Justin Houston: How much does a pass rush affect winning?

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Dec 14, 2014; Kansas City, MO, USA; Oakland Raiders quarterback Derek Carr (4) throws a pass and is pressured by Kansas City Chiefs outside linebacker Justin Houston (50) during the second half at Arrowhead Stadium. The Chiefs won 31-13. Mandatory Credit: Denny Medley-USA TODAY Sports

If I’m being honest, I actually expected an even more drastic difference when it comes to the ratio of sacks to wins. Basically the top sack teams average nine wins, the middle tier teams average eight wins, and the teams with the worst sack totals average seven. Clearly you would rather win nine games than seven, but I was expecting more of a ten to six split.

That having been said, the goal of every team in the NFL is to make the playoffs and the percentage of teams making the playoffs from each tier is definitely more diverse. Over half the teams that finished in the top ten for team sacks have made the playoffs in the past four seasons. That’s pretty good.

Next, I decided to try and take some of the favoritism towards winning teams out of the equation. To do this I decided to look at Pro Football Focus and see if there was much difference when I looked at their top graded pass rush teams as opposed to going off straight sack totals. In theory, this should take away some of the bias towards winning teams that get to attack opposing quarterbacks late in games.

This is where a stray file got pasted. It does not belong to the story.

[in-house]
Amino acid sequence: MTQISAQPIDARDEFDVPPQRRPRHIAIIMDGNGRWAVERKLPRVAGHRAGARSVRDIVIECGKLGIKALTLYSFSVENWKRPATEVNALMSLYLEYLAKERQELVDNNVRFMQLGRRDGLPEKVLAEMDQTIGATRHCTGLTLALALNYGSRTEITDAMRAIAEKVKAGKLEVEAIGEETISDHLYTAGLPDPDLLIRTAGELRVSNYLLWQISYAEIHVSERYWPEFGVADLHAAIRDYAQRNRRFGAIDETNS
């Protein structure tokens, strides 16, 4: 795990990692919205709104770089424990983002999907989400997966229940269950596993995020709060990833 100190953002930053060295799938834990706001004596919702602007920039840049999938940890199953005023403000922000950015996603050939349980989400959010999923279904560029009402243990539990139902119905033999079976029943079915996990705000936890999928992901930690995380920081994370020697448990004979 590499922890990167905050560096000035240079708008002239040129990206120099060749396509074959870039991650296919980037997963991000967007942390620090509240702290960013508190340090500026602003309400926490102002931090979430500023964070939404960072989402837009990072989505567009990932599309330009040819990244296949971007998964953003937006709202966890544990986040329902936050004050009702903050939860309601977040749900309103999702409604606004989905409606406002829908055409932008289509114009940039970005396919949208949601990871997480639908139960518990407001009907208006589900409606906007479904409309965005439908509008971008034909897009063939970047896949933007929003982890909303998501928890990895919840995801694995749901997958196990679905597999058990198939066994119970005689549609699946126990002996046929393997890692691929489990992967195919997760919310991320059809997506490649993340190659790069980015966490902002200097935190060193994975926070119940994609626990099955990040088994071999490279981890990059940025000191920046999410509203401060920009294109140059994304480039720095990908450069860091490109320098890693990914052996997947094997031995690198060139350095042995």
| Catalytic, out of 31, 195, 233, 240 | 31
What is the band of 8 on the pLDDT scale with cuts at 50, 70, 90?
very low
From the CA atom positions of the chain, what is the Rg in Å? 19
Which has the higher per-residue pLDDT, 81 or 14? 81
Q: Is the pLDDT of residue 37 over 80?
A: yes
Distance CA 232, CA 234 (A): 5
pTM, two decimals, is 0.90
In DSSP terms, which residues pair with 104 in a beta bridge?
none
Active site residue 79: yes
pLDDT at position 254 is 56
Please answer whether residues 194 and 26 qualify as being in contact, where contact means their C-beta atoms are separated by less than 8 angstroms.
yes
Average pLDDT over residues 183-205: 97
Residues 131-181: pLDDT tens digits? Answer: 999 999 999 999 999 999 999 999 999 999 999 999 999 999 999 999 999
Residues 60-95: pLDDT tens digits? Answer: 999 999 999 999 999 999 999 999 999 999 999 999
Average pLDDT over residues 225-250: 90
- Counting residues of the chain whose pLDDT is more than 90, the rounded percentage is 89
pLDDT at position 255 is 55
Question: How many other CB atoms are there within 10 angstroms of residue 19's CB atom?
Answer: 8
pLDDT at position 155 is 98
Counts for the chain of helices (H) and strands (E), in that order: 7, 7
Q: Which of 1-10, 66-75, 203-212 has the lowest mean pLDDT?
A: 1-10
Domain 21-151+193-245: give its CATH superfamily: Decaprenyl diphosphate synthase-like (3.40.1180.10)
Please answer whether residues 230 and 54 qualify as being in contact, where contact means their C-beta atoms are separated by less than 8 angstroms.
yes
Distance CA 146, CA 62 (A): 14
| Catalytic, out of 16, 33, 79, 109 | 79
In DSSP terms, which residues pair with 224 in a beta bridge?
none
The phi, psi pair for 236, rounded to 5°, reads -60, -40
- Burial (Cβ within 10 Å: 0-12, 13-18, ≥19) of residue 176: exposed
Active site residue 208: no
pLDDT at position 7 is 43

Since the grade is not based on stats accumulated, but how well the individual players grade out on the snaps that they do get. It’s not a perfect reflection, but I thought it might shed a little more light on how quality pass rushers effect a team’s ability to win games.

This time around I divided my three tiers by the teams’ overall PFF pass rush grade. Teams that had an overall grade of +25.0 or greater were put in tier one. Teams that had a grade between 0.0 and +24.9 were put in tier two and teams with a negative overall pass rush grade were put in tier three. Then I totaled up the wins and number of playoff teams again. Here are the results:

PFF Team Pass Rush Grades (2011-2014)

Tier One: 54.0 winning percentage, average of 8.6 wins/season, 39% of teams made the playoffs

Tier Two: 50.8 winning percentage, average of 8.1 wins/season, 43.5% of teams made the playoffs

Tier Three: 45.1 winning percentage, average of 7.2 wins/seasons, 29.3% of teams made the playoffs

As expected, the PFF grades filtered out a little of the winning team bias of pure sack totals. What I noticed is that some playoff teams that were in the top ten in sack totals dropped into the second tier of the PFF grades, meaning that while their pass rush was productive it was aided by increased opportunities as opposed to sheer ability of the players.

That’s why you see a drop in the percentage of teams making the playoffs in tier one and an increase in tier two. Also, you can see the already small differential in wins between the tiers on the sack total list is even smaller on this PFF pass rush grade list. There was only a difference of 1.4 wins per season between being in the top graded pass rush teams and the worst.

Next: What we have learned...